What with the locavore movement, the organic food craze, survivalism, and the need to pinch pennies, lots of people have started raising chickens. Even in big cities and suburbia. Here in the D.C. area, counties and municipalities have revised local ordinances to allow chicken coops in back yards. I salute those ventures. But if you breed chickens, you are going to wind up with some males of the species. Roosters don’t lay eggs; they aren’t cute enough to serve as pets; they tend to be mean; they fight if there are more than one of them; and–worst of all for city dwellers–they crow really loud early in the morning. So now animal rescue agencies, animal control centers, and the Humane Society are getting overwhelmed by people bringing in roosters.
I think it’s great that people want to be farmers. But if you are going to be a farmer, if only on a microscopic scale, you’ve got to think and act like a farmer. What has been done with unneeded roosters, from time immemorial, is to eat them!In the immortal words of Stephen Foster, referring to Susanna,”We will kill the old red rooster when she comes, when she comes.” And then the next verse, “We will have chicken ‘n’ dumplings when she comes.” [Sorry! It isn’t Susanna or Stephen Foster. As Todd points out in the comments, “She’ll Be Comin’ ‘Round the Mountain” is a completely different song.] That last point acknowledges that roosters can be tough and so need to be stewed, but they can still be very delicious, and wound count as local, organic, homegrown food too.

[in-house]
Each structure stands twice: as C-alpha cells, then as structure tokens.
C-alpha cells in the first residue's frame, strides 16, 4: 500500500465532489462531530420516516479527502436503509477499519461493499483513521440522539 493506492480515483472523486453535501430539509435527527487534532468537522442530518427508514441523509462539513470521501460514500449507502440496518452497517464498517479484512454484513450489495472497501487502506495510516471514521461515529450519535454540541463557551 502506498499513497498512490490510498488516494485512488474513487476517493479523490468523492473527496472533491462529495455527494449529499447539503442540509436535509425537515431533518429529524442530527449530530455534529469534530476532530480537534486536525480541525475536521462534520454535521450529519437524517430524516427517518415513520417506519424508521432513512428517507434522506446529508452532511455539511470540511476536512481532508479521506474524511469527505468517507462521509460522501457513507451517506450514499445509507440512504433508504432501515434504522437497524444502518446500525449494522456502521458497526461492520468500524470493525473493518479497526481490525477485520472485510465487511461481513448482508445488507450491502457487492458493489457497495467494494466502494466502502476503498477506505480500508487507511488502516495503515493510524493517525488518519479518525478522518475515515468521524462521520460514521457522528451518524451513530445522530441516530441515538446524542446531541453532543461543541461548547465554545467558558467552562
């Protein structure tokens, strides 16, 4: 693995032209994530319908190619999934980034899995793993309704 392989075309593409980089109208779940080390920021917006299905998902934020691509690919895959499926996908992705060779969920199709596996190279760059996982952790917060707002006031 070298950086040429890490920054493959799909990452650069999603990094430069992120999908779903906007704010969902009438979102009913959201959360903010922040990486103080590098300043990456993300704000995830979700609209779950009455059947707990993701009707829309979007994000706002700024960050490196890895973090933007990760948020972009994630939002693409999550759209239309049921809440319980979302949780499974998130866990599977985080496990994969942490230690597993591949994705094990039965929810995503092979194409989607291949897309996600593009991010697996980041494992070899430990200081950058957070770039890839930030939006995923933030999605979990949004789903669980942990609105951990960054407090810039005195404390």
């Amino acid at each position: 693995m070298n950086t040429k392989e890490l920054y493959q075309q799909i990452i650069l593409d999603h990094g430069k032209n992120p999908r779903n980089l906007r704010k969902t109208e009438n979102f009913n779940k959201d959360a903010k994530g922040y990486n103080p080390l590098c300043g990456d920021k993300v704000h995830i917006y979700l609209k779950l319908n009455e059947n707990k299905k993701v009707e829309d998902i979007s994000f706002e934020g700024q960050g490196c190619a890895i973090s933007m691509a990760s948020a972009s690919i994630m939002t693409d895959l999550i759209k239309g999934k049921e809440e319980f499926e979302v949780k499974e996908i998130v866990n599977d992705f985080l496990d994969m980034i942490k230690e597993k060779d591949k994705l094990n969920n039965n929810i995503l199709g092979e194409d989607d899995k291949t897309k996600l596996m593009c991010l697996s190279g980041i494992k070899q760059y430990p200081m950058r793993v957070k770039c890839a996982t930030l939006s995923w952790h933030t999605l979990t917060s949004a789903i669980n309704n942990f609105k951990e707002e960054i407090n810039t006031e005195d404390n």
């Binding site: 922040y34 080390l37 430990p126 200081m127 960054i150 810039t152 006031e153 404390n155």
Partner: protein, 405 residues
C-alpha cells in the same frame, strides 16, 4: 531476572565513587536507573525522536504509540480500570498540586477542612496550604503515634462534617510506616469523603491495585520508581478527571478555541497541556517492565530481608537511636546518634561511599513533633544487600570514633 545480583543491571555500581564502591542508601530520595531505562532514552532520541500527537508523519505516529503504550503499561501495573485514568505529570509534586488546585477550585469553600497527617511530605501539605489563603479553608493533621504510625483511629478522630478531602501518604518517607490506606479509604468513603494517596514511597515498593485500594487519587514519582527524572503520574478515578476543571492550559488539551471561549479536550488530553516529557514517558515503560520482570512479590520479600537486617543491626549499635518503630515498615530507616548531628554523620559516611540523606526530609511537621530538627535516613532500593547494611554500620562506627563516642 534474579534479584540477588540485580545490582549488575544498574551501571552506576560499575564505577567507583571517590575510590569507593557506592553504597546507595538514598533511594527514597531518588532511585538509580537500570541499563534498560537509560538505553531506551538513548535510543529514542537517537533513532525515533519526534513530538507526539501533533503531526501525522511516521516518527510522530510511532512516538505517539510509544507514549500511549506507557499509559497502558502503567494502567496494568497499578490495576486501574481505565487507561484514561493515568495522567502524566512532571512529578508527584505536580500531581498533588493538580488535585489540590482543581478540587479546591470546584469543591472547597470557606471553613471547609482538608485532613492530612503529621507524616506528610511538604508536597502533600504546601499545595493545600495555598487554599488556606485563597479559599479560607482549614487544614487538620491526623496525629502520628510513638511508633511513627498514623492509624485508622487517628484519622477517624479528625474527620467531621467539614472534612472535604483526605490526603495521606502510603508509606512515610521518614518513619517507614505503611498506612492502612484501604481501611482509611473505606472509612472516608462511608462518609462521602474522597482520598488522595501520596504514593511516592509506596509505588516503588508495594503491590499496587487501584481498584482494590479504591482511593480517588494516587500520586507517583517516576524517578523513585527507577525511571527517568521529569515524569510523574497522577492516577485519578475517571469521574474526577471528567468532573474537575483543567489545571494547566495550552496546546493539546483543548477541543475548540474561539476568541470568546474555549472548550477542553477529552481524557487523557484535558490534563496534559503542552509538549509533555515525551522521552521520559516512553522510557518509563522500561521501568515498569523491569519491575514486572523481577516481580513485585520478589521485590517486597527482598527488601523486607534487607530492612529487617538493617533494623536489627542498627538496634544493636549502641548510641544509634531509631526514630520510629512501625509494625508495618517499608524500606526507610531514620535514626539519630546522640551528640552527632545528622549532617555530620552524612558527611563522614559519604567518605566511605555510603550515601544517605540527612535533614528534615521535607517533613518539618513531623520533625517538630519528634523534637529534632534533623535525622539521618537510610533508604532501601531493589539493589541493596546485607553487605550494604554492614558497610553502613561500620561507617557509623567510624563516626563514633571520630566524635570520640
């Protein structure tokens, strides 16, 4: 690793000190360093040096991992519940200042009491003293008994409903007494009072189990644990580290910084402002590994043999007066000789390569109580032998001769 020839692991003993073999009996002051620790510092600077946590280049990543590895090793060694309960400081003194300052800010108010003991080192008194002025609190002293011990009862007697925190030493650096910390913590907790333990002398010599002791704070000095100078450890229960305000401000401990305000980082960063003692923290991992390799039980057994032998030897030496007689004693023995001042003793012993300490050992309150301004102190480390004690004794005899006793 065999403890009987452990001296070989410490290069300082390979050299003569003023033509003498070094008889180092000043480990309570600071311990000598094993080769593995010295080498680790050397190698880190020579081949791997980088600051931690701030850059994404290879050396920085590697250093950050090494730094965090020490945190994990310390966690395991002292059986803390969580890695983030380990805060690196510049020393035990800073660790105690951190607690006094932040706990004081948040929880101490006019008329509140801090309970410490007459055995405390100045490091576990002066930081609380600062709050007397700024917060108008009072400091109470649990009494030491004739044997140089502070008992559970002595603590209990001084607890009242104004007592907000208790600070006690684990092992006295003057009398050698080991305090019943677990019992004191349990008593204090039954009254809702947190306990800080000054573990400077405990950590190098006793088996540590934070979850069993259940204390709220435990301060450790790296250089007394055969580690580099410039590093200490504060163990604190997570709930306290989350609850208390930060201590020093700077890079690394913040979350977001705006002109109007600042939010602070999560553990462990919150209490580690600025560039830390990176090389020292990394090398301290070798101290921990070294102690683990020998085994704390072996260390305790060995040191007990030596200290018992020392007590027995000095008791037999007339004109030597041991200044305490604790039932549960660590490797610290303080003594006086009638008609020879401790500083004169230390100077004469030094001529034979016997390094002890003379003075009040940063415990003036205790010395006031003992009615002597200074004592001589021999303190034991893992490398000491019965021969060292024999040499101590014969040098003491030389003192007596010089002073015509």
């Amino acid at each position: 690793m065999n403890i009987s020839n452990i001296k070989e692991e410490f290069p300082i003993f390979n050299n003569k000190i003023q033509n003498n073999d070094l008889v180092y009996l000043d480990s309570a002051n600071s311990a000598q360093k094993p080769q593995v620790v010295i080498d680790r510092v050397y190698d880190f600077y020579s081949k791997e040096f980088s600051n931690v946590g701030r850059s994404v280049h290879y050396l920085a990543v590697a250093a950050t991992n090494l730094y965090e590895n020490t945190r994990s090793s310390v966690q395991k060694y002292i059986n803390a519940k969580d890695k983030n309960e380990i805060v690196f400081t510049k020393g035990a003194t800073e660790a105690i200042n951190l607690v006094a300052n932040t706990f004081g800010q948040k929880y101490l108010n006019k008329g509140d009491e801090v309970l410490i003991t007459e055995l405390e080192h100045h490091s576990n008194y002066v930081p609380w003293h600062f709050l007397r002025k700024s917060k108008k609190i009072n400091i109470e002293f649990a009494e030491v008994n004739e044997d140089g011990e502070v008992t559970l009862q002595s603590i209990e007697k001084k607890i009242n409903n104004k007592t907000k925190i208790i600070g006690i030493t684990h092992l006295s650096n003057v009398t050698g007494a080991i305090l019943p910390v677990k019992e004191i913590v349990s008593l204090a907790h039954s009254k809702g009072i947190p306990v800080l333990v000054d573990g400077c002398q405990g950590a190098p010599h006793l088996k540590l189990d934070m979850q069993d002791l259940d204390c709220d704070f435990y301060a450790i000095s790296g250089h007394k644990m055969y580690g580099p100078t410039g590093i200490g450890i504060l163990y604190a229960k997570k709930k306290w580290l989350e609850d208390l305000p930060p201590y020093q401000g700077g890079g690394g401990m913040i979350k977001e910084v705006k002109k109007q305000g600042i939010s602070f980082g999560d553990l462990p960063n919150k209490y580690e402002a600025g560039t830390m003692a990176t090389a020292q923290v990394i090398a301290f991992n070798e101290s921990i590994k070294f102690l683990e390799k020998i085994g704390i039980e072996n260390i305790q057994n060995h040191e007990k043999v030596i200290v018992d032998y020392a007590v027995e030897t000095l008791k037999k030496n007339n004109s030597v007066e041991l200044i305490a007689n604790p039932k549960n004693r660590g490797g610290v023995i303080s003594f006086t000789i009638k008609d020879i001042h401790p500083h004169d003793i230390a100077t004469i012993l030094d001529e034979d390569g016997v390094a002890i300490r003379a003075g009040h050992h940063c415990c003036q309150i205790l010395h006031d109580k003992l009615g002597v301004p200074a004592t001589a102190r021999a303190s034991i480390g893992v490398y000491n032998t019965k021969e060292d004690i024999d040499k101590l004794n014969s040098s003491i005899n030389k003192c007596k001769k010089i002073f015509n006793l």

I do understand the problem of squeamishness in wringing necks and chopping off heads–something that seems not to have been a problem with our forebears, however gentle and mild-mannered in other parts of their lives (I remember accounts of my sainted grandmother twisting the heads off of chickens)–but this could be an opportunity for a revival of another classic profession that would be local and a humane alternative to the factory-scale meat industry: namely, the local butcher.